Hypertension in diabetes mellitus
The best ways to treat
by Sajjad Tavassoly and Ally PH Prebtani, MD
Vol.20, No.05, August 2012

Diabetes mellitus (DM) and hypertension (HTN) are two of Canada’s most common and worrisome diseases. It’s estimated that 2 million Canadians are living with type 2 DM and another 6 million have been diagnosed with HTN.1,2 The mortality and morbidity rates are higher when patients have a combination of both DM and HTN. This combination is by no means a rare one, with over 1 million Canadians having been diagnosed with both diseases.1 Mortality rates for patients diagnosed with both these conditions are 2 times greater than those diagnosed with HTN only.1 It’s critical to correctly diagnose patients with HTN based on standards to prevent further complications.

The Canadian Diabetes Association (CDA) guidelines on the diagnosis of HTN3 are as follows.

Hypertension in patients with diabetes:

  • systolic BP of>130 mm Hg, or
  • diastolic BP of> 80 mm Hg

Approach:

  • set target BP at 130/80 mm Hg
  • treat with antihypertensive medication
  • advise on lifestyle interventions

The high morbidity of having both DM and HTN arises from its association with serious cardiovascular diseases (CVDs) including stroke, coronary artery disease, heart failure, and kidney disease.4,5 Research suggests that up to 75% of CVD in patients with type 2 DM and HTN may be contributed significantly to HTN alone.6 HTN negatively affects vital organs such as the kidneys (proteinuria, chronic renal failure and end-stage renal disease), the heart (left-ventricular hypertrophy, atrial fibrillation, angina, myocardial infarction and congestive heart failure) and brain (stroke, dementia and retinopathy). Complications associated with HTN are worsened in the presence of diabetes and are the main causes of death in people diagnosed with DM and HTN.7 Furthermore, the UK Prospective Diabetes Study Group (UKPDS) has shown that treating patients for HTN significantly lowers cardiovascular complications.8 Such findings have led to the well-established and most cost-effective practice of treating HTN in diabetics to reach a target BP of130/80 mm Hg.3

Achieving the target

Target BP for patients diagnosed with DM and HTN is mainly achieved through pharmacological agents; however, the adaptation and maintenance of a healthy lifestyle is crucial. It’s critical for patients to attain global vascular health through smoking cessation, lipid control, weight control and physical activity. Table1 contains further recommendations on lifestyle interventions for treating HTN. On a pharmacological approach, CDA recommends angiotensin converting enzyme inhibitors (ACEIs) or angiotensin II receptor blockers (ARBs) as first-line treatment.3 These recommendations are supported by several randomized controlled studies9-11 and are currently being applied in clinical settings. ACEIs and ARBs also have additional renal benefits, which make them desirable for HTN in diabetics.3 An alternative first-line treatment recommended by the Canadian Hypertension Education Program (CHEP) is long-acting dihydropyridine calcium channel blockers (CCBs) and low-dose thiazide or thiazide-like diuretics.12 Even though these first-line treatments have been effective in lowering BP, achieving the target BP in diabetics with HTN remains a challenge.13 A review of 24 observational studies indicates that only12% of diabetics were able to reach a BP of130/85 mm Hg.14 As a result, it may be necessary to increase drug dosage accordingly or rely on combination therapy to achieve target BP. Table 2 contains treatment recommendations for HTN in association with DM.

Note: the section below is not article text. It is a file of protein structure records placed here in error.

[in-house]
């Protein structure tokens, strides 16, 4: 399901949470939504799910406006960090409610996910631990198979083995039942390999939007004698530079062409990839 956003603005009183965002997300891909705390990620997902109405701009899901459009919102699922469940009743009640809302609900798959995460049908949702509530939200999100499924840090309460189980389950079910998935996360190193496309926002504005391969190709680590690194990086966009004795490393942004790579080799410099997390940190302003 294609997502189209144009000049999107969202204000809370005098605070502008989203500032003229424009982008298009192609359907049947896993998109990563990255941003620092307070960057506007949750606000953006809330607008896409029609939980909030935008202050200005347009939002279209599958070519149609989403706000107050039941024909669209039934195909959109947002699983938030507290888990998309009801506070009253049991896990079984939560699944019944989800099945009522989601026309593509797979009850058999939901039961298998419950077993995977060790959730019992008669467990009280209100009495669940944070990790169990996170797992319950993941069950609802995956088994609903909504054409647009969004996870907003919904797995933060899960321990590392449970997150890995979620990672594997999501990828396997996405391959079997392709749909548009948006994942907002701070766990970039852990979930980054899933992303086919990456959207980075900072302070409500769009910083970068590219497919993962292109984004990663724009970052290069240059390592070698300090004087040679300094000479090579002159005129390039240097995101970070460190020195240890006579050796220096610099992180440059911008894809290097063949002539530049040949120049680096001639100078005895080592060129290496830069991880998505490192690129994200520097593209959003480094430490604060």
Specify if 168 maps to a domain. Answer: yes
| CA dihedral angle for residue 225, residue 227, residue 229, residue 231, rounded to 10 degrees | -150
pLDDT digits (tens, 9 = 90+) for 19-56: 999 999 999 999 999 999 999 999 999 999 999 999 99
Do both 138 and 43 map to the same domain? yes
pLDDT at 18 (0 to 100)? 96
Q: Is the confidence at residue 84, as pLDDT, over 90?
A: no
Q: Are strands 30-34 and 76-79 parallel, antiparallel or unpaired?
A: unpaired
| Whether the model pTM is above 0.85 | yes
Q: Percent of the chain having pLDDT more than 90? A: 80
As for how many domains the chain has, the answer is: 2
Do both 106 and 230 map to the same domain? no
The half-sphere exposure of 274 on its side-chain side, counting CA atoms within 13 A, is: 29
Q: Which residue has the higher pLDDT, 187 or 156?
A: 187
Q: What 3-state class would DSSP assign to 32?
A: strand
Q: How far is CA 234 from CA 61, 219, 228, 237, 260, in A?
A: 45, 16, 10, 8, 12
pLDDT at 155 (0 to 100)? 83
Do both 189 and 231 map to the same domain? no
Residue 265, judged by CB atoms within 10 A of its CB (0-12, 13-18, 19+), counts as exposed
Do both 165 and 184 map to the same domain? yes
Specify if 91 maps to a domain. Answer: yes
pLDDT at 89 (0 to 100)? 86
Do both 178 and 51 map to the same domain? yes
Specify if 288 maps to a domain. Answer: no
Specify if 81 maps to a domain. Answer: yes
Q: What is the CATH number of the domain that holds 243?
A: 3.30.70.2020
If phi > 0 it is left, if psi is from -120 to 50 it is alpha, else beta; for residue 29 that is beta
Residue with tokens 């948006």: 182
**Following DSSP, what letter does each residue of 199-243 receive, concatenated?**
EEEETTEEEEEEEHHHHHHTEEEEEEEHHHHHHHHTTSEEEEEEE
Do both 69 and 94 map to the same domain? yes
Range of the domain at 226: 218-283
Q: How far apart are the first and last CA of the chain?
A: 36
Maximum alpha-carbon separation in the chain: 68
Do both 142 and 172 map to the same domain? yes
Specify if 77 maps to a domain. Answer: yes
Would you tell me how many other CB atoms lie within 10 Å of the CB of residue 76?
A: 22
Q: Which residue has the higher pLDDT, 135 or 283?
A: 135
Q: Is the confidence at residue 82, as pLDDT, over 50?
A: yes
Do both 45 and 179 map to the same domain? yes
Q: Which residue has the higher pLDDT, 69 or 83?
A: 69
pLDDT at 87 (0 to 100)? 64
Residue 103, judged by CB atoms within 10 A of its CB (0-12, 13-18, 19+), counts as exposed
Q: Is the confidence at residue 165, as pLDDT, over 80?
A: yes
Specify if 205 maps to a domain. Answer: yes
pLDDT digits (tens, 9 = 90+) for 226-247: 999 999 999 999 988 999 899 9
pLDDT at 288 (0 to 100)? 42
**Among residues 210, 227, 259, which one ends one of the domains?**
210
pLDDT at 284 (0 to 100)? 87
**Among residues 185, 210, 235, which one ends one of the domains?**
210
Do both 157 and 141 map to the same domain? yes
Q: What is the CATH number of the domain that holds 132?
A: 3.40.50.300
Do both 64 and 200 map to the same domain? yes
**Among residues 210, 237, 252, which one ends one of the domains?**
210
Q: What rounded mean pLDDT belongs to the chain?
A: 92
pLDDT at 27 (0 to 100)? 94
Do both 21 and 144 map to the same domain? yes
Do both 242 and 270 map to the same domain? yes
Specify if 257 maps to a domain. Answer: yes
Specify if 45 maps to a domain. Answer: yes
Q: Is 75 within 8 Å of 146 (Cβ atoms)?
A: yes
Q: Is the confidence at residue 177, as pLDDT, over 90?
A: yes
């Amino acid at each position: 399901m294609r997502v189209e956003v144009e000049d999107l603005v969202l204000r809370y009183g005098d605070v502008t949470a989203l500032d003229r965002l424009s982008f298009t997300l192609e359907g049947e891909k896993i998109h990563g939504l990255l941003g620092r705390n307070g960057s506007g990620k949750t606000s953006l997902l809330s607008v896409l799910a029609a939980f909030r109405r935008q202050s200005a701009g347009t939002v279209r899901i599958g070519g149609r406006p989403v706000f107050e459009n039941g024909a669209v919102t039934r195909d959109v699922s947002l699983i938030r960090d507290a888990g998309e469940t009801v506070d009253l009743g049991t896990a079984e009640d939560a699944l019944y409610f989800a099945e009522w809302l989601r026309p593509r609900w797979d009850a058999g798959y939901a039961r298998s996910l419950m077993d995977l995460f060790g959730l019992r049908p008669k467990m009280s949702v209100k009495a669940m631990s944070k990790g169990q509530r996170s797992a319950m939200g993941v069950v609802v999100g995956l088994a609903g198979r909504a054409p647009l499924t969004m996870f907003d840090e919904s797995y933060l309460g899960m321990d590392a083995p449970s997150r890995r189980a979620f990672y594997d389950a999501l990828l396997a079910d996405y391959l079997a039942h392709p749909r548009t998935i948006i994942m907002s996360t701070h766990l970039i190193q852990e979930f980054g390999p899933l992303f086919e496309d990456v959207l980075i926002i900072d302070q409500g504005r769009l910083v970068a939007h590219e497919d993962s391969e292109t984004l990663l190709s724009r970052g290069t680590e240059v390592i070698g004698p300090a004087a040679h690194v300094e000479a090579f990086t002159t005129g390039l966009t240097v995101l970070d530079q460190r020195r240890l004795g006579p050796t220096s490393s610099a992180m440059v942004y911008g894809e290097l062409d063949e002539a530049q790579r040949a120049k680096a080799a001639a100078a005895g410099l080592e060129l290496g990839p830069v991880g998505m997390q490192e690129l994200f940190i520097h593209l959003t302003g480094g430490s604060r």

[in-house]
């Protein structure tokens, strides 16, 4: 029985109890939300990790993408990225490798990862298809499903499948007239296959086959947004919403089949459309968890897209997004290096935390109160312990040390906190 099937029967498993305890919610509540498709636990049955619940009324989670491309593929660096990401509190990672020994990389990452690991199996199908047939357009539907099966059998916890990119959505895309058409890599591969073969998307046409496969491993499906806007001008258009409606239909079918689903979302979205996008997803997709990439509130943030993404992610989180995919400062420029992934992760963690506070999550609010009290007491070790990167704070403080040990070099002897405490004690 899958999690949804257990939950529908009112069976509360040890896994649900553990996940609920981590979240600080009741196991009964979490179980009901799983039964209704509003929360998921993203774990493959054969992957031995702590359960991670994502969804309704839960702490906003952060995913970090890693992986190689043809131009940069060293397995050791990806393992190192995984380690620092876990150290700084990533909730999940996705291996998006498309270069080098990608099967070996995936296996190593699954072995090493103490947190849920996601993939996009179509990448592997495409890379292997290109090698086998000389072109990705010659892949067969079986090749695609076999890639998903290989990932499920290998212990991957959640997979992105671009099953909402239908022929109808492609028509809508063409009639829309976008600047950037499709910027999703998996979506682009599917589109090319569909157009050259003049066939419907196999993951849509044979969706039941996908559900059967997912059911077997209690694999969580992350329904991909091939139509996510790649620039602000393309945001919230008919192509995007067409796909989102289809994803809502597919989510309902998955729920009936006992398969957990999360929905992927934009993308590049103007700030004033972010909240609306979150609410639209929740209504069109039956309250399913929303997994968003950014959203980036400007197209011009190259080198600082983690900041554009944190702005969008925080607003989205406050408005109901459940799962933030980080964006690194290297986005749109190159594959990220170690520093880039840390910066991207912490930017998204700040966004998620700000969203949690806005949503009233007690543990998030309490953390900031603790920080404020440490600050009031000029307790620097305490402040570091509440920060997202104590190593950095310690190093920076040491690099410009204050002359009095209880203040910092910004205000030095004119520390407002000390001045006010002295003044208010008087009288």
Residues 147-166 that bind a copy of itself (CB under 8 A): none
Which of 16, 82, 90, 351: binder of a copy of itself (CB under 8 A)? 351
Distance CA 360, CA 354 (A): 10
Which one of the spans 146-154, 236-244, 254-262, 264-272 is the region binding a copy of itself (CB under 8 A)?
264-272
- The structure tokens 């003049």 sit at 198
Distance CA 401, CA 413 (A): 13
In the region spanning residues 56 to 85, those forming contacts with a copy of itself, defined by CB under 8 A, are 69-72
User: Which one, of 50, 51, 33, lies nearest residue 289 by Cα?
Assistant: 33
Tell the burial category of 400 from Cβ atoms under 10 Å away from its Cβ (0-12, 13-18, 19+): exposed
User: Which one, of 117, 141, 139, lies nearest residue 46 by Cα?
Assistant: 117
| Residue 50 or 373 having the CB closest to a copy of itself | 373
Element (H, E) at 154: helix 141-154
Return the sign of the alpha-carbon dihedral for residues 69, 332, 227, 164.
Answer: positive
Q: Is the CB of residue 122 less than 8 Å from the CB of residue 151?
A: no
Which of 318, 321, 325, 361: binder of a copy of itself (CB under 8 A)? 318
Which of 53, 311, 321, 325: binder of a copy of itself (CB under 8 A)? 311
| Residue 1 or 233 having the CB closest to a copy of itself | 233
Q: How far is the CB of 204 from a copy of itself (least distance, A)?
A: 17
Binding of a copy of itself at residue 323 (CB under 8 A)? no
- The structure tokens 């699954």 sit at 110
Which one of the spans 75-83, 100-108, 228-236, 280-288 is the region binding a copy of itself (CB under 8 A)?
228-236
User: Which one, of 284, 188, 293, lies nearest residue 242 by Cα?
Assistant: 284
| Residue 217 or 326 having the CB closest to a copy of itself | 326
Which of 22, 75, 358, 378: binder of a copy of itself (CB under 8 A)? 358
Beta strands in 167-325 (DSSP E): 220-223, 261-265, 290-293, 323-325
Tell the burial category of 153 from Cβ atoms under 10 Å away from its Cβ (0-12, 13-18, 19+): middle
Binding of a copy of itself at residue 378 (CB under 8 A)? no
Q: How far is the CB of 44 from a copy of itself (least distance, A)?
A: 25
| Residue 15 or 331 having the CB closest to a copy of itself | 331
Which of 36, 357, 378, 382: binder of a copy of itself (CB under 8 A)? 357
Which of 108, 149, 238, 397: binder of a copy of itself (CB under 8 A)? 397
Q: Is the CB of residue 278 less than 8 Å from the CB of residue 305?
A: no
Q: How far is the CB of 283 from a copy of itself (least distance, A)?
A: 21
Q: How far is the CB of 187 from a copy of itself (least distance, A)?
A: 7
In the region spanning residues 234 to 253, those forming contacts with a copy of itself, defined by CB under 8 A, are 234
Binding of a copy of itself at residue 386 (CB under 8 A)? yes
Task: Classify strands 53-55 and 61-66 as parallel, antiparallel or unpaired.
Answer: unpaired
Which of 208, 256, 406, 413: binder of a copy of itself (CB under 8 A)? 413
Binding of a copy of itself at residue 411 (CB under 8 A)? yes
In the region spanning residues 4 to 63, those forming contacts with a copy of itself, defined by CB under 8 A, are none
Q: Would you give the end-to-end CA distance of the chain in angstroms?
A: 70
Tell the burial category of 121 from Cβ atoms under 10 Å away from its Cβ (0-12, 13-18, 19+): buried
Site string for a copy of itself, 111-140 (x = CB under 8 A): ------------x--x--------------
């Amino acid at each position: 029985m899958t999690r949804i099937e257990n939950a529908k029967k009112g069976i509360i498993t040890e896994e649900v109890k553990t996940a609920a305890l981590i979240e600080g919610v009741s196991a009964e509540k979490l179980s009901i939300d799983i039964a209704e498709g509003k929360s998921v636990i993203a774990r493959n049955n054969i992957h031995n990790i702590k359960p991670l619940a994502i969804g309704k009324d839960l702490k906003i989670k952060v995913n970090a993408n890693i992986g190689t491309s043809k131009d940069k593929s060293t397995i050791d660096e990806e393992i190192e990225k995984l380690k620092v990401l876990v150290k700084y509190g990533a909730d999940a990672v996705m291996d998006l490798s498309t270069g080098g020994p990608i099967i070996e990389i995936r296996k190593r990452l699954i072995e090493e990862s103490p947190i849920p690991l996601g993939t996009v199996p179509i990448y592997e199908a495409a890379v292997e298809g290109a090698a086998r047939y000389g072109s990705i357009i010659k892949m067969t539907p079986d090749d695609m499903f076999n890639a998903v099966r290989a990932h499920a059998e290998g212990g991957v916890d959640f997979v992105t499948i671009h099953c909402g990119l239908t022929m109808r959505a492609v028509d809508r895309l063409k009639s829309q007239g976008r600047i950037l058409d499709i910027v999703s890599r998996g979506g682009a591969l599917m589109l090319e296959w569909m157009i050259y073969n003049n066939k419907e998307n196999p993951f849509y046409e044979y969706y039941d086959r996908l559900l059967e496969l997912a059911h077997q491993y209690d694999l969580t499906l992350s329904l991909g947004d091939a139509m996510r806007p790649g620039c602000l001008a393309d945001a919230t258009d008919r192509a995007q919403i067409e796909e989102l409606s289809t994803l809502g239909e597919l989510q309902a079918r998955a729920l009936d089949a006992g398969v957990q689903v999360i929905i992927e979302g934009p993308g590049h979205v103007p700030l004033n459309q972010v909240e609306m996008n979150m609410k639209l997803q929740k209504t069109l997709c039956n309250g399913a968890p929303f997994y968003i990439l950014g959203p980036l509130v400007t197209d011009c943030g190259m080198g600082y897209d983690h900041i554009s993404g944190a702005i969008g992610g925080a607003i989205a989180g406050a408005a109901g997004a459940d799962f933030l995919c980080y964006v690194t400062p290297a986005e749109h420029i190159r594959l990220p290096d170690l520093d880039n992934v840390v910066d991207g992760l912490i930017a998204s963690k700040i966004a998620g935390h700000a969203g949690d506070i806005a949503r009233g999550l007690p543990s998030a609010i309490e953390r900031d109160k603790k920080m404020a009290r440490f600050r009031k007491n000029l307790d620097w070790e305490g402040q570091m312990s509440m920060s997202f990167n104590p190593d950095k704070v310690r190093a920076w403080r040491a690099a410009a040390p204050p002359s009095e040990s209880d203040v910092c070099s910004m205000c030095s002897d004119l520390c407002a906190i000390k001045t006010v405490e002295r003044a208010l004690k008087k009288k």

Drug combination

First-line treatment combinations may be used to achieve target BP. However, a combination of an ACEI and an ARB has shown to have undesirable effects with no additional advantage in achieving target BP,15,16 and so should be avoided. It’s important to note that 3-4 medications may be required to obtain target BP in diabetics.17 Other add-on drugs may be spironolactone or beta-blockers.18,19 Keep in mind that nonsteroidal anti-inflammatory drugs (NSAIDs) can block the effects of some antihypertensive medications.20 Information on several therapeutic drugs is presented in Table 3.

Resistance

In many cases, patients with higher doses or multiple classes of hypertensive medication will still remain HTN resistant. It’s essential to investigate the obstacles associated with HTN resistance. Pay particular attention to secondary HTN. Even though up to 95% of HTN cases are thought to result from essential HTN, it’s crucial to consider and test patients for secondary HTN. Information on the consideration and testing for secondary HTN is presented in Table 4. Medication adherence is another factor associated with HTN resistance. Research has shown that patients taking 4 daily doses of medication have an adherence percentage of only 51% compared to 79% for those with only1 dose of daily meds.21 These findings suggest a better adherence with single pill combination therapy. Single pill combination therapy may also be more cost effective. Table 5 contains information on medication costs. Also, the common co-existence of sleep apnea and HTN should be investigated since the treatment of obstructive sleep apnea has shown to improve essential HTN.22 In cases of HTN resistance, other factors such as extracellular volume expansion, white coat HTN and pseudo-HTN should be considered.